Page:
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In psychology, the Thurstone scale was the first formal technique for measuring
an attitude. It was developed by Louis Leon Thurstone in 1928, as a means of
measuring attitudes towards religion. It is made up of statements about a particular
issue, and each statement has a numerical value indicating how favorable or
unfavorable it is judged to be. People check each of the statements to which they agree,
and a mean score is computed, indicating their attitude.
The Thurstone attitude measurement procedure is generally more consistent
with empirical characteristics of disagree-agree responses, It is constructed by the
method of equal-appearing intervals, in which a large pool of candidate statements
about an attitude object, ranging from strongly negative (Abortion is never justified)
through neutral (There are arguments both for and against abortion) to strongly positive
(Abortion is every woman's right), are sorted by a group of judges into eleven categories.
They are assumed to appear equally spaced on the attitude continuum, according to
how favorable the statements are towards the attitude object. Items that yield the highest
level of agreement among the judges as to their scale position, and that collectively
represent an adequate range of contents and scale positions, are then selected for the
final scale. Respondents to the scale endorse just those items with which they agree,
and an individual respondent's score is calculated as the mean (or occasionally median)
of the items endorsed, such scores being assumed to lie on an interval scale of
measurement. It is also called an equal-appearing interval scale.
Thurstone was one of the first and most productive scaling theorists. He actually
invented three different methods for developing a unidimensional scale: the method of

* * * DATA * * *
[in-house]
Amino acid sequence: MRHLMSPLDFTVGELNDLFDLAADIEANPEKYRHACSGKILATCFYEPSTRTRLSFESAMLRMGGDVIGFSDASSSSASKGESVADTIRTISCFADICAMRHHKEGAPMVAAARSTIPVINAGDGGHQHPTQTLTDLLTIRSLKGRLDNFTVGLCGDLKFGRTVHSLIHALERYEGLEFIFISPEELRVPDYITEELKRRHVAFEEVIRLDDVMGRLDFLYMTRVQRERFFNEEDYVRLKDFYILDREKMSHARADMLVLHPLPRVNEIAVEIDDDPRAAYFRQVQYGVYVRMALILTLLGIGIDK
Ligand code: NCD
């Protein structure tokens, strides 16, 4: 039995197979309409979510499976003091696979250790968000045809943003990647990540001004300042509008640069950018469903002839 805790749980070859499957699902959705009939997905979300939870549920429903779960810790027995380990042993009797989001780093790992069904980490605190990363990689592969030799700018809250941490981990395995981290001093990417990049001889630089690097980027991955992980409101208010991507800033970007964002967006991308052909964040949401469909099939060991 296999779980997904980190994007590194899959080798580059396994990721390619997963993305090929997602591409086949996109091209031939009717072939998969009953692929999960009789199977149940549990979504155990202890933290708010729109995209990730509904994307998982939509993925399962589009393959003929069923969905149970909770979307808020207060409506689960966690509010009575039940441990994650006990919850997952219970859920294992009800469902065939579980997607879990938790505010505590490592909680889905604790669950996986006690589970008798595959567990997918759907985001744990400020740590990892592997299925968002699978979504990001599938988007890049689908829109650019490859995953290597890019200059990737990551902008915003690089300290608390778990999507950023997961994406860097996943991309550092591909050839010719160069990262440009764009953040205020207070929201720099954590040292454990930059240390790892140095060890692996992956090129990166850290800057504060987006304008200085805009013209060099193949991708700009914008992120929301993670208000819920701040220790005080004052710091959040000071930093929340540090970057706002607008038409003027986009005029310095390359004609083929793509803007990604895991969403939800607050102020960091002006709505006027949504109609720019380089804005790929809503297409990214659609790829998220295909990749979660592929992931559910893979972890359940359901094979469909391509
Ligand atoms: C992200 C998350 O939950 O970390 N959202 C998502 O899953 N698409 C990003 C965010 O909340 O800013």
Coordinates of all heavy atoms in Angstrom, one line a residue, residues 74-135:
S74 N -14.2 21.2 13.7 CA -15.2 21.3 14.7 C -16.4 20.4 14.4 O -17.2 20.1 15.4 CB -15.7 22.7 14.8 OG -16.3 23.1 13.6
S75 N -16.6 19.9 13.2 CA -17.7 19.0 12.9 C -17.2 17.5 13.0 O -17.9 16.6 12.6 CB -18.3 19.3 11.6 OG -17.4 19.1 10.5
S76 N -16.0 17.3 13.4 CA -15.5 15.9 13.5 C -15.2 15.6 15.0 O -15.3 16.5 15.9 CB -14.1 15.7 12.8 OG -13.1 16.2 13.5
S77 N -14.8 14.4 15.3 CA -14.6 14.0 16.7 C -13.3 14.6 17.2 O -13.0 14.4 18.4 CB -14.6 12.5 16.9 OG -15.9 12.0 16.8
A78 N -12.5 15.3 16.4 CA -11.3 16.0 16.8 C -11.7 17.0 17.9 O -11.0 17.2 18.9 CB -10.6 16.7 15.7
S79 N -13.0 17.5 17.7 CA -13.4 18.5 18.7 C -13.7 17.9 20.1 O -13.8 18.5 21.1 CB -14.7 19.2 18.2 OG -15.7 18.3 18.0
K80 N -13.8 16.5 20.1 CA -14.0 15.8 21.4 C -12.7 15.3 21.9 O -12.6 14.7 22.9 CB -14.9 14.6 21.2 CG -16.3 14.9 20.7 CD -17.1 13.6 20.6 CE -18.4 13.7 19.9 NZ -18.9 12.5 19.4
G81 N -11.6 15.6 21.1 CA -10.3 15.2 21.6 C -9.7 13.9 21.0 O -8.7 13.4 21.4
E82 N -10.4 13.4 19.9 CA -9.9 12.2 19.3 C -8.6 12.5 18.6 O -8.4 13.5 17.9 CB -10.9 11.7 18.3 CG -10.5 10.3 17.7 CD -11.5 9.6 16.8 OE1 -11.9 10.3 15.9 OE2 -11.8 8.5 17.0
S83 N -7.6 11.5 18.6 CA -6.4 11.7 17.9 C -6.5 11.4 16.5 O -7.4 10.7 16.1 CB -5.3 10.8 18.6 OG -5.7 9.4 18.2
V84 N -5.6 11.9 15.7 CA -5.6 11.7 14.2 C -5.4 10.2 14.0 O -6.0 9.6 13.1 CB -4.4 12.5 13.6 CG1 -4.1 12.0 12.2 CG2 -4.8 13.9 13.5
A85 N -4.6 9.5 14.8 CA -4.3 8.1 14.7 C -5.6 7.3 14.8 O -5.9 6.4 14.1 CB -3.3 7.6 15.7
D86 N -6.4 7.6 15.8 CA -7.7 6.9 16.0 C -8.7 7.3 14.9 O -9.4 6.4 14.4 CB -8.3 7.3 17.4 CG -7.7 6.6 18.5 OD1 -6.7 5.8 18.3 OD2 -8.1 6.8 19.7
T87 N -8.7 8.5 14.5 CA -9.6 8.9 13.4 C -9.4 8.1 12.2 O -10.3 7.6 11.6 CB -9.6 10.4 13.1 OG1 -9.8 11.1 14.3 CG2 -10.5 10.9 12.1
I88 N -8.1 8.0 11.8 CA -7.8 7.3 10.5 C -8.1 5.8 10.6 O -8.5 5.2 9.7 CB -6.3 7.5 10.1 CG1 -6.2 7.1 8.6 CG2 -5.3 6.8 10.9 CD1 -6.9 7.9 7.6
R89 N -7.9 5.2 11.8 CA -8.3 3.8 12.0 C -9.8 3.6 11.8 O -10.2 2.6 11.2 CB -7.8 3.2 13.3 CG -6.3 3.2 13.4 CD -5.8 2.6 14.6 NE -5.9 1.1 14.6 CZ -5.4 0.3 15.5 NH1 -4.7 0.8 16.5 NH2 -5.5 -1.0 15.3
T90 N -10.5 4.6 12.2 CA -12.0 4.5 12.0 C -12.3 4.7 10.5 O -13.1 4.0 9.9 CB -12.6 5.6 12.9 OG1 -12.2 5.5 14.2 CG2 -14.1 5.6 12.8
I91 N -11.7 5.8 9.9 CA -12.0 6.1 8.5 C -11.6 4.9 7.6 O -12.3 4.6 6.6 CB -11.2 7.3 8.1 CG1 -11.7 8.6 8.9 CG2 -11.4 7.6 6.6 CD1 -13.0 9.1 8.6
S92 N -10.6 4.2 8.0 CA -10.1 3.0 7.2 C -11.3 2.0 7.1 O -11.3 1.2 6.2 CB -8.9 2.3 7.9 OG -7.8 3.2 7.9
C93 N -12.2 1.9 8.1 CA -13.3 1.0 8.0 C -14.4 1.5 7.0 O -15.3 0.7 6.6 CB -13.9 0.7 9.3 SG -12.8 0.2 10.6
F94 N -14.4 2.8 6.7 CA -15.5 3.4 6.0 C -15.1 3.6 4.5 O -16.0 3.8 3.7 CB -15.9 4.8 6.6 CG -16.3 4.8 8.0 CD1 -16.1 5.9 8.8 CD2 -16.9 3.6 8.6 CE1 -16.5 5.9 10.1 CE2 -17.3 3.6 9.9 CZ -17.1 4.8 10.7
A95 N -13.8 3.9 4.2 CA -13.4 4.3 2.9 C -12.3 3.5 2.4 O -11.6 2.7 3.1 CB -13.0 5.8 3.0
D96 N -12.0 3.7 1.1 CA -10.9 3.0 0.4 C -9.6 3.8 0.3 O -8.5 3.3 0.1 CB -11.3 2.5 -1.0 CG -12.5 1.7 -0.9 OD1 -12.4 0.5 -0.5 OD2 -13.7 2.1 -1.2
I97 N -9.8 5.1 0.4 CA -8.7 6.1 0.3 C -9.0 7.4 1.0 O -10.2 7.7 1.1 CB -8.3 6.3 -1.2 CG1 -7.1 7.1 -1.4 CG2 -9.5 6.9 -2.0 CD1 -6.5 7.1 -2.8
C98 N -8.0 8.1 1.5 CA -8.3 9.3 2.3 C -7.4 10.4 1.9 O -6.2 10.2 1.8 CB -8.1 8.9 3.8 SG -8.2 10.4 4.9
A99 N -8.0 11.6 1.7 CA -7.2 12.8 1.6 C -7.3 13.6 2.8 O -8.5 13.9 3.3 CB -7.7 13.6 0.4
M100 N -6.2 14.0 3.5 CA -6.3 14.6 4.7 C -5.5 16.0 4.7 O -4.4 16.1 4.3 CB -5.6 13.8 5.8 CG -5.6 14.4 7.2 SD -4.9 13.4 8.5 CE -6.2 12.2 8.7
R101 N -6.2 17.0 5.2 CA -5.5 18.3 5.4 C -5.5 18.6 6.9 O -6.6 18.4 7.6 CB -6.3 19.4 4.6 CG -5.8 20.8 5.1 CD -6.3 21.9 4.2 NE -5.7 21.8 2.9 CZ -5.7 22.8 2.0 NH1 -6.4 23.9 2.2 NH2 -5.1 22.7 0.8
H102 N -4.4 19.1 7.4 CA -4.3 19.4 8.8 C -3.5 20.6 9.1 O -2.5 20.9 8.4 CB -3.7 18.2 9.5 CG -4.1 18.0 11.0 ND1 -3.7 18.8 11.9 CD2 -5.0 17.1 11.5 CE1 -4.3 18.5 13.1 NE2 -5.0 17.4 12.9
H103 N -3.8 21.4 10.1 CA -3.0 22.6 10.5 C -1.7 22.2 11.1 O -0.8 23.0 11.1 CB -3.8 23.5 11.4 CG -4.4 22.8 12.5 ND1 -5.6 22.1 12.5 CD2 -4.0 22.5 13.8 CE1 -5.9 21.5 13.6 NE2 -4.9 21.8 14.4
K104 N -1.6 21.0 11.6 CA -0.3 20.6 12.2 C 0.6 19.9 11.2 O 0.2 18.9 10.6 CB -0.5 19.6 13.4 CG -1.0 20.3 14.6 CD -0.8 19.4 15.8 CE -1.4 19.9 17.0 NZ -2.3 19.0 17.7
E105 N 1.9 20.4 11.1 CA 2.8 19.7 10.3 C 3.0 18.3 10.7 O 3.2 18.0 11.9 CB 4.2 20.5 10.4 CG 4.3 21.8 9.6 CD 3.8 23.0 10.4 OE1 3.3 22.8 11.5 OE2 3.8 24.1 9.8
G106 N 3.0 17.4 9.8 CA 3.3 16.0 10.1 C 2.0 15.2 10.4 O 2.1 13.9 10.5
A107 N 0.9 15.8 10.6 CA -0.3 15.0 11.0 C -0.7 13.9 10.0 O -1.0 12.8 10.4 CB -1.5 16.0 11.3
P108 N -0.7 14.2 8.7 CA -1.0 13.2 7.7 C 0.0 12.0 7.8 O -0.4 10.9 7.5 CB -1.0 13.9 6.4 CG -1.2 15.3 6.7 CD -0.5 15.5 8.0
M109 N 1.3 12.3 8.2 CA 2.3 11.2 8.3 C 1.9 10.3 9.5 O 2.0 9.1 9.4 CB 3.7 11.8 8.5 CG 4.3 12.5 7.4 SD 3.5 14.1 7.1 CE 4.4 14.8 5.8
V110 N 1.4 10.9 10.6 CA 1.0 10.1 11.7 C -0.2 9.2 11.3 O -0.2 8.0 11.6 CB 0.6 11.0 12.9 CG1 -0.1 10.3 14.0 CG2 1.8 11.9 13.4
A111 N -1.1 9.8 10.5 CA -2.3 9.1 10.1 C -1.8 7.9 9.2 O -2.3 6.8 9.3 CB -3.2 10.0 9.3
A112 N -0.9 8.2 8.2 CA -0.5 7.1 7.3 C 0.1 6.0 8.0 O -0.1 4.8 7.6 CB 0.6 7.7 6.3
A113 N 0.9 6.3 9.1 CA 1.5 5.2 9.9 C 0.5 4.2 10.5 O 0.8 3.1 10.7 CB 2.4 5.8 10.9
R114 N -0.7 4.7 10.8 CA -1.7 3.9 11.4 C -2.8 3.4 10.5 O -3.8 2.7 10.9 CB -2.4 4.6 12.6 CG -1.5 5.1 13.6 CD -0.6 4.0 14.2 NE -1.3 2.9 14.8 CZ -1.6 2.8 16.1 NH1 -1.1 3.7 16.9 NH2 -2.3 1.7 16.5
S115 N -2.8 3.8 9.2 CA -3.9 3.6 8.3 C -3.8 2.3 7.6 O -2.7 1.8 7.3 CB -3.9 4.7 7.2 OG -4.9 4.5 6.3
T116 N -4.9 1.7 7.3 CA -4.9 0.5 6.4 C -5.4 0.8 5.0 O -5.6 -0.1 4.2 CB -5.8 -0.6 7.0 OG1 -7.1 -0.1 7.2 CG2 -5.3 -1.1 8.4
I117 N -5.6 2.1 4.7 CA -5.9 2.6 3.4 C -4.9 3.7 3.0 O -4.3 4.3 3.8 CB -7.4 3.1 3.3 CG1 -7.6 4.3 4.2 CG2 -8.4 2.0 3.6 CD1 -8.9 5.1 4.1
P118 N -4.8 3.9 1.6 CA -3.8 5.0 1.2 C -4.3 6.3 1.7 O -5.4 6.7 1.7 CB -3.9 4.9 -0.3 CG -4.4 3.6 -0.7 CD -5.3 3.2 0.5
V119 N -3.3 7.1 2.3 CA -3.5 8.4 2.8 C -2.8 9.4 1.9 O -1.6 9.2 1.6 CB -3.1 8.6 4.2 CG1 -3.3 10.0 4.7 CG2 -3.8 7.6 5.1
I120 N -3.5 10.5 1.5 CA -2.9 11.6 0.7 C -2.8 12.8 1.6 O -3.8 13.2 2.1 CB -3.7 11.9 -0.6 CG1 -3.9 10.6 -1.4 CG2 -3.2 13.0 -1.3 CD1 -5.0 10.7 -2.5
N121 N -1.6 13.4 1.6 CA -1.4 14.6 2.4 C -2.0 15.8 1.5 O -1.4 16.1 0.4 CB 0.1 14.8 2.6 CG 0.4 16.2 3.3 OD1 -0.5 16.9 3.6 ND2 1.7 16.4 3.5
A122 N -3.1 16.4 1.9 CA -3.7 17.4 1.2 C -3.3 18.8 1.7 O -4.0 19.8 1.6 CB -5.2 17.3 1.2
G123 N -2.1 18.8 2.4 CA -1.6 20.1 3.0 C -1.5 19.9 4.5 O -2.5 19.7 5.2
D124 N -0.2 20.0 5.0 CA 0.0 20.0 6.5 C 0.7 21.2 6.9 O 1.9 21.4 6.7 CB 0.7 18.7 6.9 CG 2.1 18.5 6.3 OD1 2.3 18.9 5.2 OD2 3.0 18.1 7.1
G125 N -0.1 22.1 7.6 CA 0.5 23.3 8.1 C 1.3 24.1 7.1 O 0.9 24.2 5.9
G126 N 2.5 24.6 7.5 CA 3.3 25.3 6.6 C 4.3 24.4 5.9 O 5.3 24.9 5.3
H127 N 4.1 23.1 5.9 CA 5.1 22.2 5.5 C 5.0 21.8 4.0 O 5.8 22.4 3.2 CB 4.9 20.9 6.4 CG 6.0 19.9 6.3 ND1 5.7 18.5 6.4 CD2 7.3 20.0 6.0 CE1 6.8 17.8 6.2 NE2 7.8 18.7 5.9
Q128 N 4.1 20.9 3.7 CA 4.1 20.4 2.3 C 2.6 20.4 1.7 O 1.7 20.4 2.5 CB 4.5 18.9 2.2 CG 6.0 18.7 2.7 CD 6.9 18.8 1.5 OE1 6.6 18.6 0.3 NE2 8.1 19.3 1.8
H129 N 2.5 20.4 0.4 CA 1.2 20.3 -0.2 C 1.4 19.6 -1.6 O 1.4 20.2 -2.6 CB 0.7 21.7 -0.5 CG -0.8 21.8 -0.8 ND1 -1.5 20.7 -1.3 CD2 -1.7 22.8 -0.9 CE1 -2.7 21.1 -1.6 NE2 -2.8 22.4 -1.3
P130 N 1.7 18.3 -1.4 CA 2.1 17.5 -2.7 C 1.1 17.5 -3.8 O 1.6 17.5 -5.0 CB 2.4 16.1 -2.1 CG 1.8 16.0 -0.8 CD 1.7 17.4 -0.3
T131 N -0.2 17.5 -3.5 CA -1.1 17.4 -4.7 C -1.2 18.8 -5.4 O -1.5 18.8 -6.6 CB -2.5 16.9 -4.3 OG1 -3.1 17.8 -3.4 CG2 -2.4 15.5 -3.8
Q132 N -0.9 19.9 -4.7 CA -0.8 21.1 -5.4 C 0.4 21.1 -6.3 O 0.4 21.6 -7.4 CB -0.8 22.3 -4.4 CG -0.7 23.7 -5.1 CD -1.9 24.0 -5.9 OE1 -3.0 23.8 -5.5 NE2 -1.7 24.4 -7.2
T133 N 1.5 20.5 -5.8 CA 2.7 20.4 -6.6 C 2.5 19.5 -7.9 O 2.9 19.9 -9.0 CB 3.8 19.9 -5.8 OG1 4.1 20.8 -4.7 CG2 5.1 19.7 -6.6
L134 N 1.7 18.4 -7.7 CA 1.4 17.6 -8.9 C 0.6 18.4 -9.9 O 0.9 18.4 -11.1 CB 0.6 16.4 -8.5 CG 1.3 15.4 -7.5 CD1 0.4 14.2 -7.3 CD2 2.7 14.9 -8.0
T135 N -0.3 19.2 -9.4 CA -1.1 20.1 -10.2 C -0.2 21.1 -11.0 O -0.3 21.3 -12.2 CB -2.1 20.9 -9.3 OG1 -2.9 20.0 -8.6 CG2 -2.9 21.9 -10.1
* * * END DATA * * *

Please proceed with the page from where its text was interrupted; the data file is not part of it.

equal-appearing intervals; the method of successive intervals; and, the method of
paired comparisons. The three methods differed in how the scale values for items were
constructed, but in all three cases, the resulting scale was rated the same way by


A type of attitude scale which is named after the US (later Israeli) psychologist Louis H.
Guttman (1916–87). The items of which can be arranged in a hierarchical order such
that agreement with any particular item implies probable agreement with all those below
it in the hierarchy, as would apply to the following (non-attitudinal) items: I am over 5 feet
tall; I am over 5 feet 6 inches tall; I am over 6 feet tall; I am over 6 feet 6 inches tall. It is
constructed by the method of scalogram analysis in which a large pool of candidate
statements about an attitude object (such as Euthanasia is morally wrong; Euthanasia
should be legalized, and so on) are administered to a group of respondents who mark
just those items with which they agree, and from these responses a set of items is
selected that can be arranged into a hierarchy with as few errors (deviations from a
perfect linear hierarchy) as possible, a satisfactory Guttman scale having relatively few
errors as indexed by a reproducibility (Rep) of at least 0.90, implying that the scale is
unidimensional, measuring only one major attitude variable. The process of constructing
a Guttman scale is called scalogram analysis. A simple example of a Guttman scale is a
social distance scale]

In statistical surveys conducted by means of structured interviews or questionnaires, a

subset of the survey items having binary (e.g., YES or NO) answers forms a Guttman
scale if they can be ranked in some order so that, for a rational respondent, the
response pattern can be captured by a single index on that ordered scale. In other
words, on a Guttman scale, items are arranged in an order so that an individual who